Deputy Prime Minister Nick Clegg today reaffirmed his determination to press ahead with reform of the House of Lords over the coming year.
In a wide-ranging speech designed to restate his liberal beliefs, Mr Clegg denounced the unelected upper house as "an affront to the principles of openness which underpin a modern democracy" and confirmed that a reform Bill will be introduced next year and forced through by use of the Parliament Act if necessary.
Unelected peers were one of a string of unaccountable vested interests in the banks, business, politics and the media at which the DPM took aim, in a clear attempt to establish a distinct identity for his Liberal Democrats at a testing time for the coalition.
He warned the City of London, on the eve of bonus season, that the Government was ready to block any "irresponsible" payments in partly state-owned banks RBS and Lloyds.
And he said he will unveil reforms in the New Year designed to "rewire the power relations in our economy" and build "responsible capitalism" by giving shareholders more power in the boardroom and workers a greater stake in their companies.
Hailing the liberal idea of the "open society", he promised to "promote fairness, liberalism and openness" against "the forces of reaction and retreat" that threaten to take hold of the country at a time of economic uncertainty.
While claiming some common ground with the Tories, the Deputy Prime Minister sustained his weekend assault on his power-sharing partners' proposed tax break for marriages, accusing some Conservatives of wanting to return the UK to the 1950s.
And he let rip at eurosceptics for putting "narrow national interest" above "enlightened internationalism" - pledging the UK will "re-engage" with EU partners on a range of issues.
The Deputy Prime Minister set out plans for an 80% elected upper chamber in May this year, and said then that the Government intends to bring forward legislation in 2012. A cross-party committee of peers and MPs was set up to consider the proposals.
But the lukewarm response from Conservative coalition partners, coupled with the humiliating referendum defeat of Liberal Democrat proposals for voting reform, have led some allies to urge him not to make further constitutional reform a priority.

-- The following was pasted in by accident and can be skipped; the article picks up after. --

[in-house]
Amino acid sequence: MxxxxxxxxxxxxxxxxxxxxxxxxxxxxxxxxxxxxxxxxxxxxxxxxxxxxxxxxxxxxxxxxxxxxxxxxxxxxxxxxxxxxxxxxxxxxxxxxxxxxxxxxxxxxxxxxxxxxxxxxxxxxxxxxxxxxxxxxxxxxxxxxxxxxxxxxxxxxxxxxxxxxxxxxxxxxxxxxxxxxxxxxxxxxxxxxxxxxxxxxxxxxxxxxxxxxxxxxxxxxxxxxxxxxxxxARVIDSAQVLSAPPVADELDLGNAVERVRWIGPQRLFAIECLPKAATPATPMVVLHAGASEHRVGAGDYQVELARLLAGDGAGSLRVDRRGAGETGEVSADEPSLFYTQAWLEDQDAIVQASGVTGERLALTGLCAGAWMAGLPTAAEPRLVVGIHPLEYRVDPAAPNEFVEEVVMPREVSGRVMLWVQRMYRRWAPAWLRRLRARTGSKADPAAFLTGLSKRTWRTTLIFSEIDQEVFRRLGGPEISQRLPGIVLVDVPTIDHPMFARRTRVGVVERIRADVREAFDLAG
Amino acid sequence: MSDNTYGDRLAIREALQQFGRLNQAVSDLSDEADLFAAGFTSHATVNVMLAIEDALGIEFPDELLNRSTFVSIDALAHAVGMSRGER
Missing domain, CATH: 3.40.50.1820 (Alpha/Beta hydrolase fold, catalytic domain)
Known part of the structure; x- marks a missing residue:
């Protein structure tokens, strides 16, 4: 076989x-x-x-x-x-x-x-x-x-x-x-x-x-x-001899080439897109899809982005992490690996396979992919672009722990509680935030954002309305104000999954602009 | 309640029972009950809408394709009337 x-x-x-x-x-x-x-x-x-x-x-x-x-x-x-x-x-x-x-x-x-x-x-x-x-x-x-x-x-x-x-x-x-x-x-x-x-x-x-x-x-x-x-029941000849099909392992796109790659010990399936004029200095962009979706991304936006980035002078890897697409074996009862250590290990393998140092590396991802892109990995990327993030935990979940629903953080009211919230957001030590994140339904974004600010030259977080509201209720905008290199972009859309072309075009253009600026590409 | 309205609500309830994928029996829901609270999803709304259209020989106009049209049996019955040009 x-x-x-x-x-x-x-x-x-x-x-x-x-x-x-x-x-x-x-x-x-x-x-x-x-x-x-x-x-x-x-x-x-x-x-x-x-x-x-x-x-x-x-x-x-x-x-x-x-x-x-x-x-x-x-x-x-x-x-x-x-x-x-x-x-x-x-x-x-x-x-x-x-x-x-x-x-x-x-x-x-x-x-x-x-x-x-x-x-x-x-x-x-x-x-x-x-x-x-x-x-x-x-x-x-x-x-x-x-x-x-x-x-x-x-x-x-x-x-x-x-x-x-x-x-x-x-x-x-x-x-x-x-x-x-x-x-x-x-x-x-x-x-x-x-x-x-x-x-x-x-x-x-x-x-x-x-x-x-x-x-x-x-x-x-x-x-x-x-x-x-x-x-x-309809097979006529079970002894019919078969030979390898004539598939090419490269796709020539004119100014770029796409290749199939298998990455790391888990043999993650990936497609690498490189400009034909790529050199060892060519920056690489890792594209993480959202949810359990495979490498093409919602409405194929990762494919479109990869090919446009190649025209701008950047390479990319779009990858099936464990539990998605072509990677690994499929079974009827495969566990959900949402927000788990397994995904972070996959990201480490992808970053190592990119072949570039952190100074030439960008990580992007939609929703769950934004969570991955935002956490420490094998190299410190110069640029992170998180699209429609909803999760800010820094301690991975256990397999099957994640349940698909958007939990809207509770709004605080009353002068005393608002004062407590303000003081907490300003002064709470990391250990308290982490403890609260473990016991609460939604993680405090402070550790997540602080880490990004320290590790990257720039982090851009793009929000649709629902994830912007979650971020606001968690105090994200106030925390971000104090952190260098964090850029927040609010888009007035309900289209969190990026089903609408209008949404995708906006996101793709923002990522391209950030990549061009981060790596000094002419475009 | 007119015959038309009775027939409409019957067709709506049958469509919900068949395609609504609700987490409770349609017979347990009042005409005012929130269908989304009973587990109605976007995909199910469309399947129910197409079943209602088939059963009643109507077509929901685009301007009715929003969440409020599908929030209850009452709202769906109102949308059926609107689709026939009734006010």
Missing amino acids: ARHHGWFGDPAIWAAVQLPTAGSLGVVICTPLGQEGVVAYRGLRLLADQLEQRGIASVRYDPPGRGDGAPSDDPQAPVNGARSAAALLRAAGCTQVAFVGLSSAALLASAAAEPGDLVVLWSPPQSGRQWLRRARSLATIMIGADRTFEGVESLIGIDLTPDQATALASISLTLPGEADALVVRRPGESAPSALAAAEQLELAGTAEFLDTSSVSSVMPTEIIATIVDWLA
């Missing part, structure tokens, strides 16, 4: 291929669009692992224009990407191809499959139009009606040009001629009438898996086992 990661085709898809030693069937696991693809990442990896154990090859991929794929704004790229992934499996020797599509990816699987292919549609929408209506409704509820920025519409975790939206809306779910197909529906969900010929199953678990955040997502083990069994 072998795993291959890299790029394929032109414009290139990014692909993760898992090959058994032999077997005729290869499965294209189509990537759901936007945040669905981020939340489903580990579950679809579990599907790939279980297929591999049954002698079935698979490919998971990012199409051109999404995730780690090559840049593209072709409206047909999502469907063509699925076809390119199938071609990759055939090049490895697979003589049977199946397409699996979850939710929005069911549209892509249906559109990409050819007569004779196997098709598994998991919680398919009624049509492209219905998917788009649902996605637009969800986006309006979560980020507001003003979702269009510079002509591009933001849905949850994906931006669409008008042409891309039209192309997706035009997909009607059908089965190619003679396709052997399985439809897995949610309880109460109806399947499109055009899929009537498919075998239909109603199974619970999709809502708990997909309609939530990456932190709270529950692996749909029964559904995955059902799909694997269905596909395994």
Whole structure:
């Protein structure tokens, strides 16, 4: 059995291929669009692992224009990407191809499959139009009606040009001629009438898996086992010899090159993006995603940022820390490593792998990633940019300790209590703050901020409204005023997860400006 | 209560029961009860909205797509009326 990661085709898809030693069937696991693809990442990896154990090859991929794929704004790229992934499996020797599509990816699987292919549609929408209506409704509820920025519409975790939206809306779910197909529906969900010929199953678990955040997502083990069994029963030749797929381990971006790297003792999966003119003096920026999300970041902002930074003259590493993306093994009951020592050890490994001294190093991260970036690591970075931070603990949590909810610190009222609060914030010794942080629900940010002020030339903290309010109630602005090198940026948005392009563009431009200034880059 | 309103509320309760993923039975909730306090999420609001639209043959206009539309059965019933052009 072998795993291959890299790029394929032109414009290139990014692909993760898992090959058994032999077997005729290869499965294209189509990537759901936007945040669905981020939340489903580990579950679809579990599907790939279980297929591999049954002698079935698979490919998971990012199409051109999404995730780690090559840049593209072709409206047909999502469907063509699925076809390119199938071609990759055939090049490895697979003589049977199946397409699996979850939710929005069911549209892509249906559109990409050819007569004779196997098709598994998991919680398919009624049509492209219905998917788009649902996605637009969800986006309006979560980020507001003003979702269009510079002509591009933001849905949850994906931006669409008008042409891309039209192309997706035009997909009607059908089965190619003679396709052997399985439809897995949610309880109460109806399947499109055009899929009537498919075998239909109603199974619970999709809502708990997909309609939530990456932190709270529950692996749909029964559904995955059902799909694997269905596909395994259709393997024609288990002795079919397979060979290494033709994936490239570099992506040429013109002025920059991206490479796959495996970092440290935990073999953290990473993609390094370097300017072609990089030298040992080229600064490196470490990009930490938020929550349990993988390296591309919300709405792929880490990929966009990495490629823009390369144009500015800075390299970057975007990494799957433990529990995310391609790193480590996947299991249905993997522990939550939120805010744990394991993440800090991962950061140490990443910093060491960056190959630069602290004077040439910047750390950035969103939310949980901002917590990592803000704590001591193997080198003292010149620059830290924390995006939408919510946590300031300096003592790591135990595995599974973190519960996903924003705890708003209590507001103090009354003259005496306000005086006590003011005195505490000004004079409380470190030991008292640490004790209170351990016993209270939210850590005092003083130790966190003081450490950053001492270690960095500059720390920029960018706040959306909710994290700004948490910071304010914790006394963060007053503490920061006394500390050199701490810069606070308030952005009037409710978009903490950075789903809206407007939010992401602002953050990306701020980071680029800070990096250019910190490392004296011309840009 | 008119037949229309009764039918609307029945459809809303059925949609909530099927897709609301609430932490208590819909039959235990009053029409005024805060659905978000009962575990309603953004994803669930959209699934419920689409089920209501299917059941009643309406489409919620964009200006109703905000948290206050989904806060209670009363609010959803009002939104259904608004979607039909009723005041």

Speaking in London today, he acknowledged that he had been warned not to be outspoken on the issue, but added: "I'm afraid this is one boat that urgently needs rocking."
Describing the second chamber as "perhaps the most potent symbol of a closed society", Mr Clegg said: "Of course among our peers there are those with valuable experience and expertise. But a veneer of expertise can surely no longer serve as an alibi for a chamber which legislates on behalf of the people - but is not held to account by the people."
"The Lords as currently constituted is an affront to the principles of openness which underpin a modern democracy.
"So we will have a House of Lords reform Bill in the second session of this Parliament. I am hopeful that we can secure a significant degree of cross-party consensus on this, and indeed support from Lords themselves. But let there be no doubt: if it comes to a fight, the will of the Commons will prevail."
Turning on the banks just hours before Chancellor George Osborne's announcement of the Government's response to the Vickers report on reform, he said: "We took a tough line on bank bonuses last year, particularly in the banks where the Government is the biggest shareholder. We ensured that the bonus pools in RBS and Lloyds shrank, that all bonuses paid to chief executives and executive directors were entirely in deferred shares, not in cash and that a limit of £2,000 was placed on cash bonuses.
"The profound impact of the banking implosion on our economy, and on our society, has since become even clearer. There has been no lessening of public anger towards the banks - and there will be no let-up in the Government's determination to keep the clamps on bonus payments.
"So, on the eve of bonus season, let no one be in no doubt about our determination to use our clout as the major shareholder in these banks to block any irresponsible payments, or any rewards for failure."